While the big four banks and AMP remain firmly in the sights of the royal commission, a larger conversation is taking place within the industry’s boardrooms.
Over recent years responsible investment principles have taken hold in the industry whereby investors expect investment managers to take into account environmental, social, governance (ESG) and ethical issues into consideration when selecting and monitoring investments within their portfolios. Regardless of the outcomes of the royal commission, ESG issues may force responsible investment managers to question their ownership of 21% of the ASX 200 Index, which represents the total index weightings of the banks and AMP combined.
The inclusion of ESG and responsible investment principles into an investment mandate has largely been driven by investors. The Responsible Investment Association Australia (RIAA) recently found that 92% of Australians expect their superannuation or other investments to be invested responsibly and ethically; and that 69% of Australians would rather invest in a responsible super fund that maximises financial returns while taking into consideration the environmental, social and governance issues of the companies it invests in, than one that only looks to maximise financial returns. The larger super funds such as HESTA, Australian Super, and REST, have been promoting these principles as a mandate requirement for their external investment managers. The issue is significant as the RIAA report found that nearly half of Australia’s assets under management are now being invested through some form of responsible investment strategy.
Corporate governance issues have traditionally centred on disclosure, executive pay, and board composition. Post the royal commission it could be suggested that a new benchmark has been set within the definition covered by corporate governance and ethical issues. By definition this should now include conflict of interests, misleading the corporate regulator, fees for no service, inadequate oversight and inactive customer remediation – all of which are obvious breaches and bring into question how responsible investment managers within Australia will respond. For example, if you own AMP in your equity portfolios, should the position be liquidated based on a failure by the company to uphold ESG principles? As a recent example, Betashares recently removed Facebook from its Global Sustainability Leaders ETF (ASX: ETHI) on the back of its recent serious data breach. If the principles of responsible investing are to be pursued, then a position, regardless of its index size, could be removed from a portfolio if governance issues have been breached. Unlike a custom designed ETF, removal of stocks from an equity portfolio for ESG reasons could pose significant issues with respect to performance.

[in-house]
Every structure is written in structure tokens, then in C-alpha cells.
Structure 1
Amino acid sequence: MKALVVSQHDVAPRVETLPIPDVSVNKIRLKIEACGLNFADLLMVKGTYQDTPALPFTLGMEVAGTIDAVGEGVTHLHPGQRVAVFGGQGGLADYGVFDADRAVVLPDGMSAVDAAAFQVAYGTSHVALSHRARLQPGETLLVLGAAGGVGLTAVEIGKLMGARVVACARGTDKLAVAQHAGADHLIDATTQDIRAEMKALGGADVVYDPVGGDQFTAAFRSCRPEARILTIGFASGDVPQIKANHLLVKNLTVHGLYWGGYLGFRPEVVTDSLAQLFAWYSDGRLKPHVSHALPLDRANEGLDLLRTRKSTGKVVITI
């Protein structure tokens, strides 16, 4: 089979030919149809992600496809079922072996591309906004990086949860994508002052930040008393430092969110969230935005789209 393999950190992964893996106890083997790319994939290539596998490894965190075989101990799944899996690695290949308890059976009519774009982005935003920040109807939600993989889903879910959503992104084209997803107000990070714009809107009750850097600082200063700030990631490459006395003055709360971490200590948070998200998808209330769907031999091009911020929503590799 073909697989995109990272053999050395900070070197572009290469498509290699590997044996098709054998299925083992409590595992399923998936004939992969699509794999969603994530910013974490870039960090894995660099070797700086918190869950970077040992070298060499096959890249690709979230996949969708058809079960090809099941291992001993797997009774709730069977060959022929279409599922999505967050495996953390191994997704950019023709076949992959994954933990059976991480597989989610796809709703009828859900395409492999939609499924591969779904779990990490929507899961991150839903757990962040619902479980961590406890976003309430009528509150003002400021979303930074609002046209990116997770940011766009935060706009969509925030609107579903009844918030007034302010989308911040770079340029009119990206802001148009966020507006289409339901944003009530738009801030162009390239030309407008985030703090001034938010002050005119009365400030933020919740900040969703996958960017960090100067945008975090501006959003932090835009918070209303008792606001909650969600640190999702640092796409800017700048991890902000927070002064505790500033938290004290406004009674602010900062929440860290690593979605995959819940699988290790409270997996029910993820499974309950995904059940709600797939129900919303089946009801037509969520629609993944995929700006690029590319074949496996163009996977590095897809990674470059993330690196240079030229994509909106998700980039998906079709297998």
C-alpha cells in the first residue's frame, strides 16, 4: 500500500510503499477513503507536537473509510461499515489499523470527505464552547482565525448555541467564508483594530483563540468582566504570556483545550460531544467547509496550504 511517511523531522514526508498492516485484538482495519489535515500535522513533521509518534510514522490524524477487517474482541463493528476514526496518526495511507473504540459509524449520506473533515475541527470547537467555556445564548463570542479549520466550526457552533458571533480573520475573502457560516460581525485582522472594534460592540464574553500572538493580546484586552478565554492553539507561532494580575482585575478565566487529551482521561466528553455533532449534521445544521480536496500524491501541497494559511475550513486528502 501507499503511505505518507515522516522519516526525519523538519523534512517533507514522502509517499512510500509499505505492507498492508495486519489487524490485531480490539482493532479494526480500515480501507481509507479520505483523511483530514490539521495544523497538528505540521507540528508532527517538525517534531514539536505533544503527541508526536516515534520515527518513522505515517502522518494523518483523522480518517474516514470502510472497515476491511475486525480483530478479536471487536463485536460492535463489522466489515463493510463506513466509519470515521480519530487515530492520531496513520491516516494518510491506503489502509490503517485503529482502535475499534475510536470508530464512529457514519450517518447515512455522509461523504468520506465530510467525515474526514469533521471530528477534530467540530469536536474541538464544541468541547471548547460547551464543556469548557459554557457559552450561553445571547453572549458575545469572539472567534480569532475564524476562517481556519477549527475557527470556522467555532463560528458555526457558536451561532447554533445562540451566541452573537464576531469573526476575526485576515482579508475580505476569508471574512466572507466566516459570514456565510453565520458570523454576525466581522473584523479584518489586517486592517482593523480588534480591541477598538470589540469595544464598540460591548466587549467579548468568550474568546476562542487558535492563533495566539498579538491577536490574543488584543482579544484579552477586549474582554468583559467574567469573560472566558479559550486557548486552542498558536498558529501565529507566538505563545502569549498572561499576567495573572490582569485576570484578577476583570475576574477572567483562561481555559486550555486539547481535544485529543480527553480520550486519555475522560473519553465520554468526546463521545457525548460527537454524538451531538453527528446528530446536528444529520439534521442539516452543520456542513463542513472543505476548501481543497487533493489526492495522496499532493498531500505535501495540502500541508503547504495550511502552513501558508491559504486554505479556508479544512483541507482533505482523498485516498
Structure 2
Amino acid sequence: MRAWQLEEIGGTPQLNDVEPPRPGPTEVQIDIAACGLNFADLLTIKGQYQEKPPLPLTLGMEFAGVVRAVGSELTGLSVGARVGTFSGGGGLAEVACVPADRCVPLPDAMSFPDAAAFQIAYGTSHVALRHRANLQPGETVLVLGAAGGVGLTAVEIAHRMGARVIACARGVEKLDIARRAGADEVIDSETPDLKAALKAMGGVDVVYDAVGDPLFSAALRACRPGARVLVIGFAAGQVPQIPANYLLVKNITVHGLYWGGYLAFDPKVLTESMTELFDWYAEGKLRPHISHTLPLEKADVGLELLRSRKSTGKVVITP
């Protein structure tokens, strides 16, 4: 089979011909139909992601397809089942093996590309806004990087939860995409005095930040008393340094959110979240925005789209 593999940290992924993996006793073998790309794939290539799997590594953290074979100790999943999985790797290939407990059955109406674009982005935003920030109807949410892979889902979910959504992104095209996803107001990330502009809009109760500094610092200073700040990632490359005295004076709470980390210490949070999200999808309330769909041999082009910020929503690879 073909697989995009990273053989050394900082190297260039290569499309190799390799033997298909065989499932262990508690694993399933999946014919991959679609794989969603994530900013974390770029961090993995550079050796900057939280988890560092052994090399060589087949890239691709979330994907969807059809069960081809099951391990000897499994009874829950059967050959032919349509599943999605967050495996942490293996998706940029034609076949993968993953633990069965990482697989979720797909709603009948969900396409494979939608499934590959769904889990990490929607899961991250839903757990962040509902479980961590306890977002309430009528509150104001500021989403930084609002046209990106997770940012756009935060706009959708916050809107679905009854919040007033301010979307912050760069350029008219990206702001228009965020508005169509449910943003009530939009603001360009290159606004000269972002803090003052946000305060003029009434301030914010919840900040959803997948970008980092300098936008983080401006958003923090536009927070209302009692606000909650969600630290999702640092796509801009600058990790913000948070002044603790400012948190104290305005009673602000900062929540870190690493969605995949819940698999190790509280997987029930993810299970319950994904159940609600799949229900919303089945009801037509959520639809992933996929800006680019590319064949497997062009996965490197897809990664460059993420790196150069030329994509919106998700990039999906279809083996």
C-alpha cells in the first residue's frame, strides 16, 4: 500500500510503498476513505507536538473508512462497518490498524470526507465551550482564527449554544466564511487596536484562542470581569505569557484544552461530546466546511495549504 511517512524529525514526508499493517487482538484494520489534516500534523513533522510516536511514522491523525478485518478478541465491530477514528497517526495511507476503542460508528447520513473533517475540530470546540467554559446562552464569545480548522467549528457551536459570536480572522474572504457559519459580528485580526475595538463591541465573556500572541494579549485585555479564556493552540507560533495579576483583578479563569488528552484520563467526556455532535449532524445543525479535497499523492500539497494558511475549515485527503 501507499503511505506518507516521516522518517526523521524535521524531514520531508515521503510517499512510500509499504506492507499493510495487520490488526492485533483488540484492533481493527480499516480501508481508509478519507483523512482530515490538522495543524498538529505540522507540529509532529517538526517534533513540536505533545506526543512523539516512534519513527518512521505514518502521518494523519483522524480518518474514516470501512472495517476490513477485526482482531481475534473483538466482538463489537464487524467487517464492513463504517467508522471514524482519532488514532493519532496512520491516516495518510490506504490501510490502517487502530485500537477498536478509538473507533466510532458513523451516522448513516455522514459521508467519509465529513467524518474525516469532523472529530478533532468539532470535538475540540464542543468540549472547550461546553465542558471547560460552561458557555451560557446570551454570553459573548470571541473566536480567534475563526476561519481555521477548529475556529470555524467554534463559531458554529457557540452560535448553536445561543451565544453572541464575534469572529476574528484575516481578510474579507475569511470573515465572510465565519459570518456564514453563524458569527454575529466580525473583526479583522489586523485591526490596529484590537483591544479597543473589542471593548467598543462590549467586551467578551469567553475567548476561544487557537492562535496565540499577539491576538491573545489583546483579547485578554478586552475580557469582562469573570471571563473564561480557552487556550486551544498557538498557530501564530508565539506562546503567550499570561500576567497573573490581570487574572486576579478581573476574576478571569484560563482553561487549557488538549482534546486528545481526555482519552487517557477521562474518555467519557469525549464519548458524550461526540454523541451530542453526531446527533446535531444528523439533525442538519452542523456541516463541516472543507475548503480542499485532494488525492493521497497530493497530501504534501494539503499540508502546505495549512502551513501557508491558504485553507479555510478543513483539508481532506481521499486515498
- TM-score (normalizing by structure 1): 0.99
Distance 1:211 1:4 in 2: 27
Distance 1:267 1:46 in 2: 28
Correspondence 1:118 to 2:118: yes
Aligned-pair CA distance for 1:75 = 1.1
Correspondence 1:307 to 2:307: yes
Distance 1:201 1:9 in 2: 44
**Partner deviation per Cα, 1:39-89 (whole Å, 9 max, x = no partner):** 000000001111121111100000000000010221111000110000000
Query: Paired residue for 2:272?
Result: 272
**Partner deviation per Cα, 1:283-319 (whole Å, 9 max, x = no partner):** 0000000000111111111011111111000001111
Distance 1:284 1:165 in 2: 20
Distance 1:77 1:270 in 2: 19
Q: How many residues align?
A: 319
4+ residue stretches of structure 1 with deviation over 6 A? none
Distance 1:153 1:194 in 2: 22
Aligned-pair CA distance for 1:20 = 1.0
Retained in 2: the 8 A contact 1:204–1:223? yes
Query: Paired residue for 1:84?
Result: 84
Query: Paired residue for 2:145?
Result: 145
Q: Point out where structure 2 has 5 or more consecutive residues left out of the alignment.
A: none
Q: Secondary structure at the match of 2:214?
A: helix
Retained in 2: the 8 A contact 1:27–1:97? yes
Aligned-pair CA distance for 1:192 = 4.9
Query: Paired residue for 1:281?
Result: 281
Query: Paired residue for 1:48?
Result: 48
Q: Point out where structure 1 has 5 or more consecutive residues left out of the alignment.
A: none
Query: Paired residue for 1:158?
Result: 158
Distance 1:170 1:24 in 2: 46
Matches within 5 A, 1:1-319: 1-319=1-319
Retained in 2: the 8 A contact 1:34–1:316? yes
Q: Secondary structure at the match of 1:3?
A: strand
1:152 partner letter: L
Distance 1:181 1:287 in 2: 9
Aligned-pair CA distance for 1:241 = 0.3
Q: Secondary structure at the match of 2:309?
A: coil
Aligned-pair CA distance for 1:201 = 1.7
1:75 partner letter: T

As it represents only 0.78% of the ASX 200 Index, AMP may be an obvious target for an immediate and direct response by responsible investment managers. Selling this position may not have major index tracking implications for an investment mandate. A far more difficult decision will be for investment managers in relation to their bank holdings, as they represent 20% of the ASX200 Index. The question then for ESG mandated super funds is whether they really expect their investment managers to liquidate such a large part of the index? Only time will tell but it would be unlikely. Which is why AMP could be the obvious ESG casualty within a portfolio. The Royal Commission now represents an ESG test case and how a responsible investment manager responds will be reviewed by every superannuation fund and research house into the future.
I would hate to be a fund manager right now pitching for a superannuation mandate and being asked about their ESG response to the Royal Commission. How would they manage their portfolio under these circumstances? Whilst we eagerly anticipate further submissions from the big four and AMP, compliance teams, investment committees and lawyers will be reviewing every ESG mandate in the market. One thing is certain though: they would have never expected this sort of corporate behaviour when they created ESG principles and mandates.